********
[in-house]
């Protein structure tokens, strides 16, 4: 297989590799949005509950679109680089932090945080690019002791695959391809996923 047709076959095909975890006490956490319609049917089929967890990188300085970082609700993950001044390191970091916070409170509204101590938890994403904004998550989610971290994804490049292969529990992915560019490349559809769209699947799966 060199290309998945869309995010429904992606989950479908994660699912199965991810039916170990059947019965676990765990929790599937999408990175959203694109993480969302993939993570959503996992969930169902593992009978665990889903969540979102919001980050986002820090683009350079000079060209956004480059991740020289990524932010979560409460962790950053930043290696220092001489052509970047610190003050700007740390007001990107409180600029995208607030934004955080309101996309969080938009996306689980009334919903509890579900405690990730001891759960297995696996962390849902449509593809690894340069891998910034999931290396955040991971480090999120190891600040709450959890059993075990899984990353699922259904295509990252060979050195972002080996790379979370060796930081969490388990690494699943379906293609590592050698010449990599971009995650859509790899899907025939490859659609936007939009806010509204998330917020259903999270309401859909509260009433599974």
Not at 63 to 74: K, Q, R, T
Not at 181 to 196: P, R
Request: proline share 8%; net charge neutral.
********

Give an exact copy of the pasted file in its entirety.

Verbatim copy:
[in-house]
């Protein structure tokens, strides 16, 4: 297989590799949005509950679109680089932090945080690019002791695959391809996923 047709076959095909975890006490956490319609049917089929967890990188300085970082609700993950001044390191970091916070409170509204101590938890994403904004998550989610971290994804490049292969529990992915560019490349559809769209699947799966 060199290309998945869309995010429904992606989950479908994660699912199965991810039916170990059947019965676990765990929790599937999408990175959203694109993480969302993939993570959503996992969930169902593992009978665990889903969540979102919001980050986002820090683009350079000079060209956004480059991740020289990524932010979560409460962790950053930043290696220092001489052509970047610190003050700007740390007001990107409180600029995208607030934004955080309101996309969080938009996306689980009334919903509890579900405690990730001891759960297995696996962390849902449509593809690894340069891998910034999931290396955040991971480090999120190891600040709450959890059993075990899984990353699922259904295509990252060979050195972002080996790379979370060796930081969490388990690494699943379906293609590592050698010449990599971009995650859509790899899907025939490859659609936007939009806010509204998330917020259903999270309401859909509260009433599974």
Not at 63 to 74: K, Q, R, T
Not at 181 to 196: P, R
Request: proline share 8%; net charge neutral.